Carolyn Hax Live: 'A' suck hole of all joy and fun, not 'THE' suck hole of all joy and fun (Feb. 26)

Feb 26, 2016

Advice columnist Carolyn Hax chats live every Friday at noon to answer any questions you might have about this strange train we call life.

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Hi everybody. Sorry about the back-to-back absences; that was only 50 percent planned.

Sorry, Caroline. We disagree o this one. Her parents are shelling out around $100,000 per year for her to attend a private liberal arts college. If this doesn't give them some say in her body art, what does? I'll bet if she had to take a semester off or transfer to her local community college she'd come around to their way of thinking PDQ.

Thanks for writing in.

They have that say, of course. I was merely noting it would be short-sighted of them to use it. Making tuition their leverage to control their daughter will cost them far more in their relationship with her than the tattoos will cost the daughter socially/professionally/whatever. Which is supposedly the mother's concern.

 

 

And it's CarolYn, with a y. As at the top of the page ^^^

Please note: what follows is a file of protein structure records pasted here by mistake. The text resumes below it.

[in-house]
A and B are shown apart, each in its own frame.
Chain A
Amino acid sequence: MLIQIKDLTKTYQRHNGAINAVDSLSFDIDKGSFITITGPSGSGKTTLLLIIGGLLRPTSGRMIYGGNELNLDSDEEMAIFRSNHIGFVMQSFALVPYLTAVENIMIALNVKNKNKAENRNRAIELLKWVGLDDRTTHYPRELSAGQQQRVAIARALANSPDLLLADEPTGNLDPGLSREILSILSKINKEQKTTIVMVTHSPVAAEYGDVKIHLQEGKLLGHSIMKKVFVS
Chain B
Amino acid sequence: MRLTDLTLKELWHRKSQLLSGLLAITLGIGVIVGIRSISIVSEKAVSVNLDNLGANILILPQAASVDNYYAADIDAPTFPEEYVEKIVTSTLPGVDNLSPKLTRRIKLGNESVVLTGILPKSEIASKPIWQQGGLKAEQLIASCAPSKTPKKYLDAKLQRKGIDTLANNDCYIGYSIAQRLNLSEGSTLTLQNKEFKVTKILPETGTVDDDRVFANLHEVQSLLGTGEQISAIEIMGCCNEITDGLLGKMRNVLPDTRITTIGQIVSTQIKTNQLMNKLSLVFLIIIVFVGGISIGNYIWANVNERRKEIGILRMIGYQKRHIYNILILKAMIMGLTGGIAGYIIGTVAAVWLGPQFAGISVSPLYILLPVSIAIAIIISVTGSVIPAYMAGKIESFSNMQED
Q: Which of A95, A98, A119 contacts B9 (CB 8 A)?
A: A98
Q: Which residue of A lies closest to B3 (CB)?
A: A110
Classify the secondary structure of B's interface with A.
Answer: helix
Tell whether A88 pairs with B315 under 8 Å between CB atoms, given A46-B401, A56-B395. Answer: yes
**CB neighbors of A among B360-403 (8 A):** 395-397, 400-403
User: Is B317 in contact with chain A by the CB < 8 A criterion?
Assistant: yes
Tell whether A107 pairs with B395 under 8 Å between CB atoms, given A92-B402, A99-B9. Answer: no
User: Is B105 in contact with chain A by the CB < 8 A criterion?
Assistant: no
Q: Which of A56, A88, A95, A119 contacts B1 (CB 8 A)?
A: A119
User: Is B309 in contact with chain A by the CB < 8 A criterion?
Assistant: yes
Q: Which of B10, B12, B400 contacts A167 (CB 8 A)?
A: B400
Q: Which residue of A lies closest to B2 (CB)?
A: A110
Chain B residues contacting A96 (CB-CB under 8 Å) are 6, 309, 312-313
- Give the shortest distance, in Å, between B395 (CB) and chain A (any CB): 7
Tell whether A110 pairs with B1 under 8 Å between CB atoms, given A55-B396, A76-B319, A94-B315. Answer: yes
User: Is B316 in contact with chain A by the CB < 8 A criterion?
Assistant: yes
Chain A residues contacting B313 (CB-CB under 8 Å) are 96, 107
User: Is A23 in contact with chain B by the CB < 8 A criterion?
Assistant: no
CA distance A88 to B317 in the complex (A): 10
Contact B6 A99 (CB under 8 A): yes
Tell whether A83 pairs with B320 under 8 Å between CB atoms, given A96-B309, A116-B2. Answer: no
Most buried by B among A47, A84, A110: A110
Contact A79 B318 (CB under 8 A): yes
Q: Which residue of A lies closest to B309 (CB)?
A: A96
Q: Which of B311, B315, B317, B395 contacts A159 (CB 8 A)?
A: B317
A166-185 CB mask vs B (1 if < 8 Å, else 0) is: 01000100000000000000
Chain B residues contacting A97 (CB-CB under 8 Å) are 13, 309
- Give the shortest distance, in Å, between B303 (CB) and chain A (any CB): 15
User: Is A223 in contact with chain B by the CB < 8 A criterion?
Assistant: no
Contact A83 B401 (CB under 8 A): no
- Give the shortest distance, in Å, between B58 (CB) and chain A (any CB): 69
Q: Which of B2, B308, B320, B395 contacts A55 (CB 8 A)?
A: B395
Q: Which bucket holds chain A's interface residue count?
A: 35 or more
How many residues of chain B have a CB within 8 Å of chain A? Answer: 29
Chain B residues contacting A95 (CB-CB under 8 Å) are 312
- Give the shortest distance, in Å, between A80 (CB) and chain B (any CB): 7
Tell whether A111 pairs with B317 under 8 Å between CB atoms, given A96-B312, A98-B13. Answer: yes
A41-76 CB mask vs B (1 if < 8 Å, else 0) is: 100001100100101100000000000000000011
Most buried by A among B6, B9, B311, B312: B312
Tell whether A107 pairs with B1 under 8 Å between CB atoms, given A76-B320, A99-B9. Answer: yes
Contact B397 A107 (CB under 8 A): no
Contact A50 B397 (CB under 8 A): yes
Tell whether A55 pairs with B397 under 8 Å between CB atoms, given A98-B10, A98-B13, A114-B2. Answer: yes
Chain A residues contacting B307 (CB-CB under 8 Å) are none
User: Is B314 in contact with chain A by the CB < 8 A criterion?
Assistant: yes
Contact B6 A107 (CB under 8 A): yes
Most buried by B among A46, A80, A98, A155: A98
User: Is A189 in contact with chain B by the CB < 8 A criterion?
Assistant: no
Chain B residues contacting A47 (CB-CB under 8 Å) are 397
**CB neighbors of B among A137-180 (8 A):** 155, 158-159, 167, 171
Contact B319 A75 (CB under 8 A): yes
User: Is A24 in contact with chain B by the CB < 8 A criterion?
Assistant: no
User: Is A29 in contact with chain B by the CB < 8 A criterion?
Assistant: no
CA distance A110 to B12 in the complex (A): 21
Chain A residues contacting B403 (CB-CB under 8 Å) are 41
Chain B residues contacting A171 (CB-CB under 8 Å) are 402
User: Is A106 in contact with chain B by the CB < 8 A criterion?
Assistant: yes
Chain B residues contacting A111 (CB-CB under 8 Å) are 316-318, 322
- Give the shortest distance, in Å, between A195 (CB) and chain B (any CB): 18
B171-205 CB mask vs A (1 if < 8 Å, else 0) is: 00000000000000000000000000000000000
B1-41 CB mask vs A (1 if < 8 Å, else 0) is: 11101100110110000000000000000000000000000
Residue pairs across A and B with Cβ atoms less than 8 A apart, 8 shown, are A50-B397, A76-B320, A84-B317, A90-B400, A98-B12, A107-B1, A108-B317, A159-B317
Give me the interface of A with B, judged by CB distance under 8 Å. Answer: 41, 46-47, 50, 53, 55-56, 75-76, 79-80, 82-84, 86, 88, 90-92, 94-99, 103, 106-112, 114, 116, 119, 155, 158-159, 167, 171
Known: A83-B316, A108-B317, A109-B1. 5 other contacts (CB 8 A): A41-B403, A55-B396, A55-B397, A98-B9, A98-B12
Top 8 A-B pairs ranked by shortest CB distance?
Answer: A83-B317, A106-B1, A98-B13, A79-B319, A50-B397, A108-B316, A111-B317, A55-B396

Sister In Law is an entrepreneur running a few different gigs simultaneously. One is a service that our family would like to utilize. It's an industry where costs are driven more by market demands and artistic expertise, not by cost of materials or extensive time/labor. I feel an unspoken family obligation to use her services vs another of the many local businesses providing comparable services. On the other hand, when I asked her about it, she sent me her very standard business form letter and pricing info, with no "family discount" or special treatment since we are family. We have done a lot for this SIL and her family in the past few years, some financial and some just generosity of time and hosting. My partner is really upset that we are being treated like any other potential client, and believes this gives us permission to take our business elsewhere. I feel like this will create an unnecessary family rift, but at the same time feel a bit stuck in just having to accept the terms of SIL's business contract without the opportunity to consider other options. What are your thoughts?